"This decision, if it stands, will have a significant and lasting impact on all not-for-profit organizations across the state of Texas, as it opens the floodgates to requests from competitors for otherwise confidential financial information. Therefore, we don't believe the court's order is consistent with the intent and purpose of the statute," Mr. Sheehy said.

At press time, Mr. Sheehy said the hospital was "seriously considering" an appeal. The hospital had 30 days from the Jan. 6 date of the court order to appeal, he said.

Mr. Grass hopes the court's decision prompts the hospital to exercise greater transparency in how it maintains and discloses financial records. He says disclosure of financial records by the hospital "marks the beginning of improvement of patient care in the community."

"The purpose of the law requiring disclosure is to ensure hospital administrators exercise proper fiduciary care and duty to patients by making the hospital's expenditures consistent with patient care improvement," he said.

Transparency Vital at Nonprofits

"If the hospital isn't doing anything wrong, it should just turn over the records," Mr. Grass said.

Of particular concern to Dr. Esquivel and her fellow physicians in the trust was the call schedule for the emergency department at Knapp. She says hospital executives decided in 2006 to stop paying specialists such as urologists, gastroenterologists, neurologists, and orthopedists to take call.

As a result, patients were transported to other hospitals in the region that did have these specialists available, according to Dr. Esquivel. 

She says this is one example of the hospital's administration prioritizing profits ahead of patient care.

"Taking specialists off the call schedule upset the physicians and hindered patients' access to care," she said.

Mr. Grass says Knapp's lack of critical care coverage in specialty areas concerned his clients because it has a significant impact on the community, which has many elderly residents.

Dr. Esquivel says the district judge's decision to require Knapp to disclose financial records is a "big victory."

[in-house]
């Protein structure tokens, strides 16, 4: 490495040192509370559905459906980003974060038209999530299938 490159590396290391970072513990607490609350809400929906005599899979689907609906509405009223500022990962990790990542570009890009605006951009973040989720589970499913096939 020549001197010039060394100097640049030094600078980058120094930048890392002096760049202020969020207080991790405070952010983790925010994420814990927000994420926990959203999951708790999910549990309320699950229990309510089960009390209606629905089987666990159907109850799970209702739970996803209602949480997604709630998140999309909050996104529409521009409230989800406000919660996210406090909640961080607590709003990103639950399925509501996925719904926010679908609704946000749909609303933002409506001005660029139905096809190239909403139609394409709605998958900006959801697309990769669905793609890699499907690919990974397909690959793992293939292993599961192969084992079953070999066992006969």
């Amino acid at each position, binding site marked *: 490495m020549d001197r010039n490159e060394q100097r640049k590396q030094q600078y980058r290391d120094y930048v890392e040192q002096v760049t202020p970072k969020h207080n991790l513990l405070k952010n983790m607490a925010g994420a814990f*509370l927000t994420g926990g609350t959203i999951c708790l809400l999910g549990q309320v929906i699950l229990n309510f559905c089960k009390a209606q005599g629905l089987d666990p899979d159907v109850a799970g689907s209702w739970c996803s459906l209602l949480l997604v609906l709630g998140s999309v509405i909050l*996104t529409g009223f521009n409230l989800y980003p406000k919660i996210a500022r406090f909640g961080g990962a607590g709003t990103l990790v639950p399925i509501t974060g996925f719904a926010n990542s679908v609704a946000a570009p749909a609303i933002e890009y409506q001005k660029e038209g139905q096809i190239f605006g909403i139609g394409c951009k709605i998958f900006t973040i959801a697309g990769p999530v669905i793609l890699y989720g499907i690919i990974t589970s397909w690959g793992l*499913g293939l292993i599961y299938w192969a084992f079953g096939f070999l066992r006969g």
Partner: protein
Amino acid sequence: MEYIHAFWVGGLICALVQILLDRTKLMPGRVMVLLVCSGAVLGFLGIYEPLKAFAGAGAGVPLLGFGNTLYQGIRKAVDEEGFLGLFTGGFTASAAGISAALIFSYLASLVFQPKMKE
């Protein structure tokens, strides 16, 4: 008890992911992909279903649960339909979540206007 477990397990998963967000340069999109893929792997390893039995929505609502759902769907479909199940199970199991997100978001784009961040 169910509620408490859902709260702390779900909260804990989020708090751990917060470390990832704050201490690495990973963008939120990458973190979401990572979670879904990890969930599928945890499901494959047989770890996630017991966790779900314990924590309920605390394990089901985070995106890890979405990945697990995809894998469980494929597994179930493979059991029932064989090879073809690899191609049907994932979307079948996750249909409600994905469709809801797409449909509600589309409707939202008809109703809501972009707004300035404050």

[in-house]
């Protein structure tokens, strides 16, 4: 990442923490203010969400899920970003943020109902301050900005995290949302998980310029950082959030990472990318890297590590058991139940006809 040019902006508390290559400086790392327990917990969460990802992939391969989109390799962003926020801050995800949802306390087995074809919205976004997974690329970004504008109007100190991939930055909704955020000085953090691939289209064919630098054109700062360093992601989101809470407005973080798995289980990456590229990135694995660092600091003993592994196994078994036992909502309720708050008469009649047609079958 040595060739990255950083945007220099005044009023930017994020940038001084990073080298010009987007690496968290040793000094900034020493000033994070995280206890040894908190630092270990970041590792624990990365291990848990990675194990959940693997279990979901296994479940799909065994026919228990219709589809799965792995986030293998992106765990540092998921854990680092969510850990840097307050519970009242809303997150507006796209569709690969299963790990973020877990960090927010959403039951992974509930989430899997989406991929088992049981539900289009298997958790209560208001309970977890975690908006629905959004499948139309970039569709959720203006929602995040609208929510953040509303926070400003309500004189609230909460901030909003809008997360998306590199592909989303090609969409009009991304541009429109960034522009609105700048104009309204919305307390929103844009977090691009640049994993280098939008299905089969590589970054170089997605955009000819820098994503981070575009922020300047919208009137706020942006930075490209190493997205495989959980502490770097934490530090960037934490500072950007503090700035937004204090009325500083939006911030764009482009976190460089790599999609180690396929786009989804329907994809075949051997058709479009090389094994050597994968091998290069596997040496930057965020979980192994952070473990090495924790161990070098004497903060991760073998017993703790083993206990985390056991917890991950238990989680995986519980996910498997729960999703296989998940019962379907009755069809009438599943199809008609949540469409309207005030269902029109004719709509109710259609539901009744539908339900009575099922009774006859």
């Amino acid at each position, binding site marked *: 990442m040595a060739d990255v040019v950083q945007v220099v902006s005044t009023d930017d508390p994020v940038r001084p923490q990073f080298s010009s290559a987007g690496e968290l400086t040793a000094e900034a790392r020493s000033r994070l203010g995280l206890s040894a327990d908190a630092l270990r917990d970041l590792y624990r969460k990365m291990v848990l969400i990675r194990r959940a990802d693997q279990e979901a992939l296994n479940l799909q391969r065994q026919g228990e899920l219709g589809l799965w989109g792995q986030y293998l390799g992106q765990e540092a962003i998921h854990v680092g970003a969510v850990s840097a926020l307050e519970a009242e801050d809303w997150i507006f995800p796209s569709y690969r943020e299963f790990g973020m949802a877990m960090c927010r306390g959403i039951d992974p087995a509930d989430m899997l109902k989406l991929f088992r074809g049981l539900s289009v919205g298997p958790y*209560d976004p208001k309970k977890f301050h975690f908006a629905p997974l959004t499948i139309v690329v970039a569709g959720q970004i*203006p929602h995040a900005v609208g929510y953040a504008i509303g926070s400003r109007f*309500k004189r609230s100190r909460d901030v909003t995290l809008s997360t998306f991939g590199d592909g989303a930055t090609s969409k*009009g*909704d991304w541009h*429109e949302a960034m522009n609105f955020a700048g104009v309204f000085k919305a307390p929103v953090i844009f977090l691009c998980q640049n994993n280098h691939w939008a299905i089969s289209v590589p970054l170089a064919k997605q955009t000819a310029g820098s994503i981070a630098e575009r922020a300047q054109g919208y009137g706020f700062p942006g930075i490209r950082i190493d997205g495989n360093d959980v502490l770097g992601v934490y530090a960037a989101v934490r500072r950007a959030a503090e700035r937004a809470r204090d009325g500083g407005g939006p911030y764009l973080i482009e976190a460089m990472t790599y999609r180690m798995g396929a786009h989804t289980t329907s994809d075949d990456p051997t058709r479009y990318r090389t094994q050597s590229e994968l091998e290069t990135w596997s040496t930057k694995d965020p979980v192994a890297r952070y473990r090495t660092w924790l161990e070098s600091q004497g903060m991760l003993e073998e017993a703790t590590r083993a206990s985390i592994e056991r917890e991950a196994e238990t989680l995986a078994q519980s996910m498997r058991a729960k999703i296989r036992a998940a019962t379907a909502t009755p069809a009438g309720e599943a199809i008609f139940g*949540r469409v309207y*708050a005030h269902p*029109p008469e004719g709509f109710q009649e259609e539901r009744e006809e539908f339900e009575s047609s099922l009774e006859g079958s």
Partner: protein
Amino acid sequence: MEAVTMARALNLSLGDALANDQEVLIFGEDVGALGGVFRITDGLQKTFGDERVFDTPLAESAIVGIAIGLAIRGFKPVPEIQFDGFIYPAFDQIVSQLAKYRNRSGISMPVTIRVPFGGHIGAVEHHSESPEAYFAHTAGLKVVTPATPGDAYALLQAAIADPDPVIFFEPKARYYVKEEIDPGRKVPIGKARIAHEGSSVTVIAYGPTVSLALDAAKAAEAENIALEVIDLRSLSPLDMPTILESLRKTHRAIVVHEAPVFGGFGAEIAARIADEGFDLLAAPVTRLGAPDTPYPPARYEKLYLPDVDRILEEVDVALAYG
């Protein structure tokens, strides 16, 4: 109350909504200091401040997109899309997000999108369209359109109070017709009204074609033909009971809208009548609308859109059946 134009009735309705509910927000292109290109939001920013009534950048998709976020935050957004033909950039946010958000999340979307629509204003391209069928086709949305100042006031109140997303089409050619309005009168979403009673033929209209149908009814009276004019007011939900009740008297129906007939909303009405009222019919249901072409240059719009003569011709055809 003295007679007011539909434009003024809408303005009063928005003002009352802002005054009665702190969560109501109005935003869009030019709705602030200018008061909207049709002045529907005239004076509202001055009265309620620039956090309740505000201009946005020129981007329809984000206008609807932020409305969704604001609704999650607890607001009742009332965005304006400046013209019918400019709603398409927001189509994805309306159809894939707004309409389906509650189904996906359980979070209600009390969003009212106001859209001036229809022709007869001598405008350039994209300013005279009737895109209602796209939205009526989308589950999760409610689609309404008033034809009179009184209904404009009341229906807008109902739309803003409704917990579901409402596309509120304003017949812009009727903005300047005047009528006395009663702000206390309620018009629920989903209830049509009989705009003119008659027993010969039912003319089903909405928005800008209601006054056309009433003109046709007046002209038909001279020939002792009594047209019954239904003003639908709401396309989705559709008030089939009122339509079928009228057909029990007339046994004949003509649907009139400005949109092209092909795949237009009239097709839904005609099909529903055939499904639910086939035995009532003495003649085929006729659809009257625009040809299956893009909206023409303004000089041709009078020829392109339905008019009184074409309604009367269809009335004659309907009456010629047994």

"Knapp Medical Center is a nonprofit that's supposed to invest the money it makes in improving the hospital, not in making the administration wealthier," Dr. Esquivel said. "Patients will want to come back to the hospital if it's being managed properly."

Ernst Mitchell "Mitch" Martzen, JD, a Dallas attorney representing Mr. Grass, says the district court judge made the right decision.

"The Texas state statutes require all but the smallest nonprofits to keep and disclose virtually all of their financial records," he said. "Transparency is vital to maintaining public confidence in our nonprofit institutions, and I'm hopeful that the hospital in this case will have that moment of public accountability."

Widespread Ramifications

Mr. Martzen says TMA's support of financial accountability at Knapp was helpful. He adds TMA's efforts "showed me that this was but one battle in the ongoing war to help physicians find their voice in the increasingly secretive hospital administrative environment."

TMA's support of financial accountability at Knapp has been invaluable, Mr. Grass added.

"Representatives from the TMA Office of General Counsel attended hearings, invited us to TMA meetings, and provided financial support. More importantly, TMA communicated to the judge in district court that this isn't an isolated problem in Weslaco. The issue of financial disclosure by nonprofit hospitals has great significance to all hospitals in Texas. TMA was the voice of the public, advocating greater accountability," Mr. Grass said.

Hospital representatives and their attorneys hadn't released the financial documents outlined in the court order at press time.

Should Knapp appeal and the court of appeals affirm the district court's ruling, Mr. Grass says the decision will have significant ramifications on business operations for nonprofit hospitals in Texas.

"Other Texas hospitals won't be able to hide behind their foundations and avoid disclosing financial information. This decision will spur greater financial accountability at nonprofit hospitals, which will lead to transparency and good governance," he said.

Once Mr. Grass is able to obtain the records, a forensic accountant will review the hospital administration's financial conduct.

"We expect to establish that the decisions of the Knapp administration are improper. That will give us grounds to request that the attorney general intervene in the operation of the hospital and replace the current administration," Mr. Grass said.

Crystal Conde can be reached by telephone at (800) 880-1300, ext. 1385, or (512) 370-1385; by fax at (512) 370-1629; or by email.